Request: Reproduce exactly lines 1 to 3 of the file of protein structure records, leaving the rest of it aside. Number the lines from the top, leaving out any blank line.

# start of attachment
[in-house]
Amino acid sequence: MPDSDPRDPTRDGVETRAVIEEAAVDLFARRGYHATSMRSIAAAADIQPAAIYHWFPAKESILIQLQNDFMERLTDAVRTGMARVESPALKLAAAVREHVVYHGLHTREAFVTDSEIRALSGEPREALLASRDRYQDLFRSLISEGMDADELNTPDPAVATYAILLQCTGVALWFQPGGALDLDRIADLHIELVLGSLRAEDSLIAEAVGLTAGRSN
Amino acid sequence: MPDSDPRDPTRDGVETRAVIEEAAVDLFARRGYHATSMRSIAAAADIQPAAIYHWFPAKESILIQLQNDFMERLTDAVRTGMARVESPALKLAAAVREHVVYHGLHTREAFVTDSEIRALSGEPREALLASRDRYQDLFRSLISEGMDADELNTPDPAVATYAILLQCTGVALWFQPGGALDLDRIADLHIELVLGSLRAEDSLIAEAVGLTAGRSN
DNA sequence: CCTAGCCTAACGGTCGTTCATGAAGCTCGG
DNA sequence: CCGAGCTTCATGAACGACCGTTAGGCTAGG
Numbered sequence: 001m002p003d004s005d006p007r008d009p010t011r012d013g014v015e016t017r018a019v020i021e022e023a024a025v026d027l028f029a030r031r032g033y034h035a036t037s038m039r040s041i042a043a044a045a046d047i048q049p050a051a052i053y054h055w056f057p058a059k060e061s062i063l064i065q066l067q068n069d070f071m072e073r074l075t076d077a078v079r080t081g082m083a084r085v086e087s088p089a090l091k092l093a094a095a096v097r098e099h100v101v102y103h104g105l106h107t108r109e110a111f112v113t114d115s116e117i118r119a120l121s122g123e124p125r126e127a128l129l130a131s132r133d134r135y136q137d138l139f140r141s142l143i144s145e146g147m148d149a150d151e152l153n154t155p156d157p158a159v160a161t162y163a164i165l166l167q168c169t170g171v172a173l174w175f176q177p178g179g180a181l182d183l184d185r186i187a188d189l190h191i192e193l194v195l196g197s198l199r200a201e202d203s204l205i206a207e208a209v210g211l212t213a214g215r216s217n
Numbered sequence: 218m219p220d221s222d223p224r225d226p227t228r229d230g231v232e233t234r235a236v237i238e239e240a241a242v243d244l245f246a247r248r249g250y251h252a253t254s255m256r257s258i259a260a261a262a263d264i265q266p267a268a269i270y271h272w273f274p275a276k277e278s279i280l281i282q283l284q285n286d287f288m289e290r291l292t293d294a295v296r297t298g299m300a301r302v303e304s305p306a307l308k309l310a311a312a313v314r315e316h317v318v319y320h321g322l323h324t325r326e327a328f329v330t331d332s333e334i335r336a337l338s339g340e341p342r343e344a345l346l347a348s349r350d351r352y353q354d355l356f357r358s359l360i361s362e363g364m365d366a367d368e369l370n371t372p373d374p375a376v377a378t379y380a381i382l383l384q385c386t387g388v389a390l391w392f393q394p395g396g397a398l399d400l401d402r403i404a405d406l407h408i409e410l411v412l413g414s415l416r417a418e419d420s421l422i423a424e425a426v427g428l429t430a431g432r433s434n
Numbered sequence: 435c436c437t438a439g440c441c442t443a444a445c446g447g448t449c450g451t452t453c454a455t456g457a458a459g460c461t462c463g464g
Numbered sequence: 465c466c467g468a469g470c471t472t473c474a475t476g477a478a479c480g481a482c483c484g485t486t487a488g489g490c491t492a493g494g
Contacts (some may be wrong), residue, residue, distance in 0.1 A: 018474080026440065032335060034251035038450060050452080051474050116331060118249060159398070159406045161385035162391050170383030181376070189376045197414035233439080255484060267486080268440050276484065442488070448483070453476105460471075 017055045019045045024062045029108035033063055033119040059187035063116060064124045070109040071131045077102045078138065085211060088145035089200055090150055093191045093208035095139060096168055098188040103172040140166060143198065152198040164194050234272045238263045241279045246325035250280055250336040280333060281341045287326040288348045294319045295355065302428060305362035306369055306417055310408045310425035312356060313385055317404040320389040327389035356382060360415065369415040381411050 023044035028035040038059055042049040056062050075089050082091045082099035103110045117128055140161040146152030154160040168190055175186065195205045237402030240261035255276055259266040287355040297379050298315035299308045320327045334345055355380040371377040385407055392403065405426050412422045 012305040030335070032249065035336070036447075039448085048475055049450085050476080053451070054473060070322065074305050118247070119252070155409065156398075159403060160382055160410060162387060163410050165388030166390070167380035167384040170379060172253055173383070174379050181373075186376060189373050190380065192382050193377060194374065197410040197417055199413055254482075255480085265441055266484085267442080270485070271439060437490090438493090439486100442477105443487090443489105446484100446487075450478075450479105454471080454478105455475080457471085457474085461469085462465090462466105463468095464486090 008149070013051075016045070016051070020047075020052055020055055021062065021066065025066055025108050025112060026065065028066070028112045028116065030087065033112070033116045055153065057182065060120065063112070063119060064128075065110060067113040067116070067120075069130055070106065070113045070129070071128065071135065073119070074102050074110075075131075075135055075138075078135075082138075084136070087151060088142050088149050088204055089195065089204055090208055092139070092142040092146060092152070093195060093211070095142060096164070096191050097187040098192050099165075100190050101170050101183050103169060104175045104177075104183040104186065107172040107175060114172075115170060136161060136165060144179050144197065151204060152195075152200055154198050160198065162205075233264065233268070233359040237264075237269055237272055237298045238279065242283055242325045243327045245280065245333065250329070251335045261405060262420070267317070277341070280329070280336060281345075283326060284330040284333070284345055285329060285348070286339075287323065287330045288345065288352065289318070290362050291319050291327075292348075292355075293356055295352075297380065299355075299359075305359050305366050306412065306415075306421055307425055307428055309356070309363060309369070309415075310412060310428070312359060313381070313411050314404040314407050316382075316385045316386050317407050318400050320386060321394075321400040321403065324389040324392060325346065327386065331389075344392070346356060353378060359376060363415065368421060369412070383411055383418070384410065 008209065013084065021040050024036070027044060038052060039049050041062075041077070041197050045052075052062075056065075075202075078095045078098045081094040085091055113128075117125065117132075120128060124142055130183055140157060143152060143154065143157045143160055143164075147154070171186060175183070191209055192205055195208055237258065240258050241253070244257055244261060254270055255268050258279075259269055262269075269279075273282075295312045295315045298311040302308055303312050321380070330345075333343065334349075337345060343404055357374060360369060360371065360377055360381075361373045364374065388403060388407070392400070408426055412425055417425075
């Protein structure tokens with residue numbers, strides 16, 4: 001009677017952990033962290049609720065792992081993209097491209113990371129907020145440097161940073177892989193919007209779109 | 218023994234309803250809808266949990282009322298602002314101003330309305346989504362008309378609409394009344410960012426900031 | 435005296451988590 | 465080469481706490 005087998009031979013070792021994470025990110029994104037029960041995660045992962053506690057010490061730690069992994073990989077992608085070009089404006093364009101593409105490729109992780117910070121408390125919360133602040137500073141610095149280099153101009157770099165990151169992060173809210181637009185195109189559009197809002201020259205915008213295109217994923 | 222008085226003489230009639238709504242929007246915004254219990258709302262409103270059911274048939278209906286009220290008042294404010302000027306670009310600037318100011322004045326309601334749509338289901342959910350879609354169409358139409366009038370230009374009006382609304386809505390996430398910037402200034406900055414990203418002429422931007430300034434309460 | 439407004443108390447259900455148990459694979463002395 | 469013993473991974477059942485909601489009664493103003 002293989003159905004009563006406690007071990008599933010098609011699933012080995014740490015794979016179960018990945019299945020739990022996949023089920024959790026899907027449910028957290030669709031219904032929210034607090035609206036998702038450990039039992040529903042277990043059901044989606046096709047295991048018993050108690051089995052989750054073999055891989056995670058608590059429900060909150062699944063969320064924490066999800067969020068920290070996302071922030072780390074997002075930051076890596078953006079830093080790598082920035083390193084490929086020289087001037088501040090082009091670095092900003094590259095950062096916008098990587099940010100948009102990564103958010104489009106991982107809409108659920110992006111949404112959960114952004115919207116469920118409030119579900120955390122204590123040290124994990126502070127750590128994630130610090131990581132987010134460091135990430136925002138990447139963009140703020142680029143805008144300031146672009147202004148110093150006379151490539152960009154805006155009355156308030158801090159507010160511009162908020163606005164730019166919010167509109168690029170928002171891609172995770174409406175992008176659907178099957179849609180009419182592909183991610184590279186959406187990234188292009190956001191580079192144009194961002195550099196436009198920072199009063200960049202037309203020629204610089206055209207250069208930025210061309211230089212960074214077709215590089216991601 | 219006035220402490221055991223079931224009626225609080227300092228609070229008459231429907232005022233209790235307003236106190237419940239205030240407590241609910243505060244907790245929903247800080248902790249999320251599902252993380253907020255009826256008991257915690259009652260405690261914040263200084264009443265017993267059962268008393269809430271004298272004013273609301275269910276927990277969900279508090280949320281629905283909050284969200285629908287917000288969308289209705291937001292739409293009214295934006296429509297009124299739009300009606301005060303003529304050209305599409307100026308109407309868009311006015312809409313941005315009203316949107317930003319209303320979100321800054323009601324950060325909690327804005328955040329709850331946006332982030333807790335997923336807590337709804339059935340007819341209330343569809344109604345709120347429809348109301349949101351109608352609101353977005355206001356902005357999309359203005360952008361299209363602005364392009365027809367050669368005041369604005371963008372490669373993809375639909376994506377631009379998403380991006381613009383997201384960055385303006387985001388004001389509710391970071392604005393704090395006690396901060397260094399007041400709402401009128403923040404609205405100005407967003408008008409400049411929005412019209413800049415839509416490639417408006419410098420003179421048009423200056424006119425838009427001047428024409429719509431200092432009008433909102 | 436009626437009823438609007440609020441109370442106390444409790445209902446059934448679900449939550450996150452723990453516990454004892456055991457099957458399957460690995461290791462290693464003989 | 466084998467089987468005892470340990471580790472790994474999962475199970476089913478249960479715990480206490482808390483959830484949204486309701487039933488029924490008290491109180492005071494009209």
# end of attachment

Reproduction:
[in-house]
Amino acid sequence: MPDSDPRDPTRDGVETRAVIEEAAVDLFARRGYHATSMRSIAAAADIQPAAIYHWFPAKESILIQLQNDFMERLTDAVRTGMARVESPALKLAAAVREHVVYHGLHTREAFVTDSEIRALSGEPREALLASRDRYQDLFRSLISEGMDADELNTPDPAVATYAILLQCTGVALWFQPGGALDLDRIADLHIELVLGSLRAEDSLIAEAVGLTAGRSN
Amino acid sequence: MPDSDPRDPTRDGVETRAVIEEAAVDLFARRGYHATSMRSIAAAADIQPAAIYHWFPAKESILIQLQNDFMERLTDAVRTGMARVESPALKLAAAVREHVVYHGLHTREAFVTDSEIRALSGEPREALLASRDRYQDLFRSLISEGMDADELNTPDPAVATYAILLQCTGVALWFQPGGALDLDRIADLHIELVLGSLRAEDSLIAEAVGLTAGRSN